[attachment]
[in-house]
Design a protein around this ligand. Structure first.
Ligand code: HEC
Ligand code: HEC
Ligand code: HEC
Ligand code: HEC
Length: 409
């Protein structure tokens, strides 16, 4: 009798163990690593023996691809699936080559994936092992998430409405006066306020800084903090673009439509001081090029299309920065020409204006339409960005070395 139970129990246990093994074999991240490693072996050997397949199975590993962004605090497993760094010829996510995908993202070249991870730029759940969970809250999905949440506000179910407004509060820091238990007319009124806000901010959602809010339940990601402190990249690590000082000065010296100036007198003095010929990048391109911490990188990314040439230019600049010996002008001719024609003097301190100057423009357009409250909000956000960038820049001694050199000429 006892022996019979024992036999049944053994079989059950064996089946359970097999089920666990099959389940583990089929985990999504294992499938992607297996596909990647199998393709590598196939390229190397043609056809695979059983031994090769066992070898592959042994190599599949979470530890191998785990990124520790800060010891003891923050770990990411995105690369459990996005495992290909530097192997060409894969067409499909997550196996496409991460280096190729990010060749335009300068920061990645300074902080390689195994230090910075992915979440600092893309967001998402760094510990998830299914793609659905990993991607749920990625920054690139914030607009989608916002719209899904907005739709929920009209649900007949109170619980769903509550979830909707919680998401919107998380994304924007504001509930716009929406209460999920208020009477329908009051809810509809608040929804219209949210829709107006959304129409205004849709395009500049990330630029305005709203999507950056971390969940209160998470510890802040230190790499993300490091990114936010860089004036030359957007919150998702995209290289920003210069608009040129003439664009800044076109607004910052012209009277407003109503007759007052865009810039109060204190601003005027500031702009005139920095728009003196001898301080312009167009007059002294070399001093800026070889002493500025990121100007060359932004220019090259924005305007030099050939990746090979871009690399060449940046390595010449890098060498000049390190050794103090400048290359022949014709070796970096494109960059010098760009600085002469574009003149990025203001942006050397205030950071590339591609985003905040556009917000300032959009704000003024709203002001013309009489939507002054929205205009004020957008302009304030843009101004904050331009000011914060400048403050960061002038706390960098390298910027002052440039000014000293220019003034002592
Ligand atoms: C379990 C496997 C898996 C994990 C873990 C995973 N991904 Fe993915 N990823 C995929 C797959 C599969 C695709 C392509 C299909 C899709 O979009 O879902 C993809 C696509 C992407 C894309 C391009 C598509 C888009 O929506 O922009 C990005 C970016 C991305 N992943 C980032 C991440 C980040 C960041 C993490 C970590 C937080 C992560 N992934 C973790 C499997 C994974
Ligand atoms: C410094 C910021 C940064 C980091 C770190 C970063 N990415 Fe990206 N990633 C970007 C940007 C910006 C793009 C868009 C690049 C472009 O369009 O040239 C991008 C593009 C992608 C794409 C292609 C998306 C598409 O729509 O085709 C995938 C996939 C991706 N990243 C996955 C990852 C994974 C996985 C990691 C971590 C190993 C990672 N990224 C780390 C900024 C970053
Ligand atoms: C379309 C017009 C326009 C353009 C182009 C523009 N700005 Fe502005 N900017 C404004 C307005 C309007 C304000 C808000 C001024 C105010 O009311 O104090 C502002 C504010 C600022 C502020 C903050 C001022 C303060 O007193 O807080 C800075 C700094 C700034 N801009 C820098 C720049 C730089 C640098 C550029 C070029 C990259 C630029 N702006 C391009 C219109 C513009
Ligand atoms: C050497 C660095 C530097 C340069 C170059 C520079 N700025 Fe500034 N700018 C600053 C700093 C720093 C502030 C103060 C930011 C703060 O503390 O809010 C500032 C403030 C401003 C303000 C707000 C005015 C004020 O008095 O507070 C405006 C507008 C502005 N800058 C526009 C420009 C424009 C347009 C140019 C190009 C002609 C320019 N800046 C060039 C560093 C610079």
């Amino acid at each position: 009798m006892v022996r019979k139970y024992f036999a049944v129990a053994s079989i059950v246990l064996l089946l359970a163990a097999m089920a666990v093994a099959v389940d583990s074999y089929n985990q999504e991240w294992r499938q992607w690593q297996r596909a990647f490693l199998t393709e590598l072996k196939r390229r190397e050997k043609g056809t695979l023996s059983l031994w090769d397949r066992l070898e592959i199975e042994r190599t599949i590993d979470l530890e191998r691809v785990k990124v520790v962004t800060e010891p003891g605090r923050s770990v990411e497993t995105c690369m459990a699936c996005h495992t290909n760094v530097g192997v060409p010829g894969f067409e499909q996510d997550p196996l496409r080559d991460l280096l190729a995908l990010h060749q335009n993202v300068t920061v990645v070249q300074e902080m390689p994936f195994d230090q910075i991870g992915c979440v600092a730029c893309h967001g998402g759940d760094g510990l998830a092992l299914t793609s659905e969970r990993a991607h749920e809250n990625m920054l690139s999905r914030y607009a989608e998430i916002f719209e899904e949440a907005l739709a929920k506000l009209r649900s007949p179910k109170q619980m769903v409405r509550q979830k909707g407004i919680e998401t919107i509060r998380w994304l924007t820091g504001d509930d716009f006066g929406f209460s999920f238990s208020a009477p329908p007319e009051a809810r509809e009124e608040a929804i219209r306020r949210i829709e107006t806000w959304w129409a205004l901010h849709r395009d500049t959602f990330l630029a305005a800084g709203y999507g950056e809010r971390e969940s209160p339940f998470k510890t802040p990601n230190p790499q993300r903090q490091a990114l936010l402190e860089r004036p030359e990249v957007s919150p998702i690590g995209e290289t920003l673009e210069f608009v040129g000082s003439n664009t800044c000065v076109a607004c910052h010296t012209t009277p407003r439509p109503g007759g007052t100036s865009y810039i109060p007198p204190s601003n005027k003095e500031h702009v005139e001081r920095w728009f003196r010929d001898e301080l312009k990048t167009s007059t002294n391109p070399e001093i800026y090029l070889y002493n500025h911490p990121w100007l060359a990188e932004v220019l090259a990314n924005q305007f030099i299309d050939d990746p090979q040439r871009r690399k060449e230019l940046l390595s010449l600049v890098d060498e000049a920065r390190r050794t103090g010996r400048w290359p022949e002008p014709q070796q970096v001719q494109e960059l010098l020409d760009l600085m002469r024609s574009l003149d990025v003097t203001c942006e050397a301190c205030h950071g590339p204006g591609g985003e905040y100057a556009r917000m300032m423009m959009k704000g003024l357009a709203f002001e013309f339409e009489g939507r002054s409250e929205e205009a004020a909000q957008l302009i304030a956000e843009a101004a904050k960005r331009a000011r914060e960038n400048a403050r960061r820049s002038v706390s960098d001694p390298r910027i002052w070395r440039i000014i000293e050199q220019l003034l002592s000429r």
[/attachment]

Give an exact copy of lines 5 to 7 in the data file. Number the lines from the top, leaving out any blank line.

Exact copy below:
Ligand code: HEC
Ligand code: HEC
Length: 409